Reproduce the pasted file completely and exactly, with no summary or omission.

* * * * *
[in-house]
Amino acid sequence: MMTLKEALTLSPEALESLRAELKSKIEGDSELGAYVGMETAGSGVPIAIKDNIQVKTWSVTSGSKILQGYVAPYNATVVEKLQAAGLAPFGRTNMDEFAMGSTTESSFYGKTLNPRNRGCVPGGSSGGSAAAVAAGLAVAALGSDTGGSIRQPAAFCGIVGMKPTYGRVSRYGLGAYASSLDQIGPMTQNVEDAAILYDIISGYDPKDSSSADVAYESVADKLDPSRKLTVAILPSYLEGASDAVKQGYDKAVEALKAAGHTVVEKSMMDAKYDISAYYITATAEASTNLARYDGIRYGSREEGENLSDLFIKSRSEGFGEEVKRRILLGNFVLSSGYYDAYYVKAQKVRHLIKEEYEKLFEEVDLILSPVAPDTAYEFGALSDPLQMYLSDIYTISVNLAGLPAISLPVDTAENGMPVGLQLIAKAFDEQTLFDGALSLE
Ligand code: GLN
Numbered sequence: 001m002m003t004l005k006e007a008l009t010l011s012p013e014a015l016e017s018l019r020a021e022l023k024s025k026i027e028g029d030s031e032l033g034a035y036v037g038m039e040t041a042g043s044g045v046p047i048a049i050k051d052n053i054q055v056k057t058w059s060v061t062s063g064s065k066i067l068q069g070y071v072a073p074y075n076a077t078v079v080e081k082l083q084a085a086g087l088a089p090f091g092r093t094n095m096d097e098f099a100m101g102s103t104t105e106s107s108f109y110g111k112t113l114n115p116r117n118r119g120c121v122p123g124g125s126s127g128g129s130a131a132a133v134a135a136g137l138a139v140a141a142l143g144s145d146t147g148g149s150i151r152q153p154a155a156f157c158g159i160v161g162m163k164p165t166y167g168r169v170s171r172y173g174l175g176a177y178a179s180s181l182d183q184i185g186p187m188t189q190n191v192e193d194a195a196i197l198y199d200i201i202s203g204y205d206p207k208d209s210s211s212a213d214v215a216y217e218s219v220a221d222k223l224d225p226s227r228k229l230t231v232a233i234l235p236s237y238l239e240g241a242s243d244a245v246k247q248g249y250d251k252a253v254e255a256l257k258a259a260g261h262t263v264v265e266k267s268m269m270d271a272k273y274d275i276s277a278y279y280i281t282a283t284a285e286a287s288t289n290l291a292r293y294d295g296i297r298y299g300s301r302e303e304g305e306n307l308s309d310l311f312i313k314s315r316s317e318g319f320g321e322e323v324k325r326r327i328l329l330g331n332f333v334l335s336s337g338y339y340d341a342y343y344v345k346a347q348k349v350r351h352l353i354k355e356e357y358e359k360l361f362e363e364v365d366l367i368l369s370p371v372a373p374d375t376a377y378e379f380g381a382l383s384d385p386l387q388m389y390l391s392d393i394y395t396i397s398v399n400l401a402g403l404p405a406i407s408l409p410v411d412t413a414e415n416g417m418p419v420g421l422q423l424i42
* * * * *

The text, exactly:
[in-house]
Amino acid sequence: MMTLKEALTLSPEALESLRAELKSKIEGDSELGAYVGMETAGSGVPIAIKDNIQVKTWSVTSGSKILQGYVAPYNATVVEKLQAAGLAPFGRTNMDEFAMGSTTESSFYGKTLNPRNRGCVPGGSSGGSAAAVAAGLAVAALGSDTGGSIRQPAAFCGIVGMKPTYGRVSRYGLGAYASSLDQIGPMTQNVEDAAILYDIISGYDPKDSSSADVAYESVADKLDPSRKLTVAILPSYLEGASDAVKQGYDKAVEALKAAGHTVVEKSMMDAKYDISAYYITATAEASTNLARYDGIRYGSREEGENLSDLFIKSRSEGFGEEVKRRILLGNFVLSSGYYDAYYVKAQKVRHLIKEEYEKLFEEVDLILSPVAPDTAYEFGALSDPLQMYLSDIYTISVNLAGLPAISLPVDTAENGMPVGLQLIAKAFDEQTLFDGALSLE
Ligand code: GLN
Numbered sequence: 001m002m003t004l005k006e007a008l009t010l011s012p013e014a015l016e017s018l019r020a021e022l023k024s025k026i027e028g029d030s031e032l033g034a035y036v037g038m039e040t041a042g043s044g045v046p047i048a049i050k051d052n053i054q055v056k057t058w059s060v061t062s063g064s065k066i067l068q069g070y071v072a073p074y075n076a077t078v079v080e081k082l083q084a085a086g087l088a089p090f091g092r093t094n095m096d097e098f099a100m101g102s103t104t105e106s107s108f109y110g111k112t113l114n115p116r117n118r119g120c121v122p123g124g125s126s127g128g129s130a131a132a133v134a135a136g137l138a139v140a141a142l143g144s145d146t147g148g149s150i151r152q153p154a155a156f157c158g159i160v161g162m163k164p165t166y167g168r169v170s171r172y173g174l175g176a177y178a179s180s181l182d183q184i185g186p187m188t189q190n191v192e193d194a195a196i197l198y199d200i201i202s203g204y205d206p207k208d209s210s211s212a213d214v215a216y217e218s219v220a221d222k223l224d225p226s227r228k229l230t231v232a233i234l235p236s237y238l239e240g241a242s243d244a245v246k247q248g249y250d251k252a253v254e255a256l257k258a259a260g261h262t263v264v265e266k267s268m269m270d271a272k273y274d275i276s277a278y279y280i281t282a283t284a285e286a287s288t289n290l291a292r293y294d295g296i297r298y299g300s301r302e303e304g305e306n307l308s309d310l311f312i313k314s315r316s317e318g319f320g321e322e323v324k325r326r327i328l329l330g331n332f333v334l335s336s337g338y339y340d341a342y343y344v345k346a347q348k349v350r351h352l353i354k355e356e357y358e359k360l361f362e363e364v365d366l367i368l369s370p371v372a373p374d375t376a377y378e379f380g381a382l383s384d385p386l387q388m389y390l391s392d393i394y395t396i397s398v399n400l401a402g403l404p405a406i407s408l409p410v411d412t413a414e415n416g417m418p419v420g421l422q423l424i42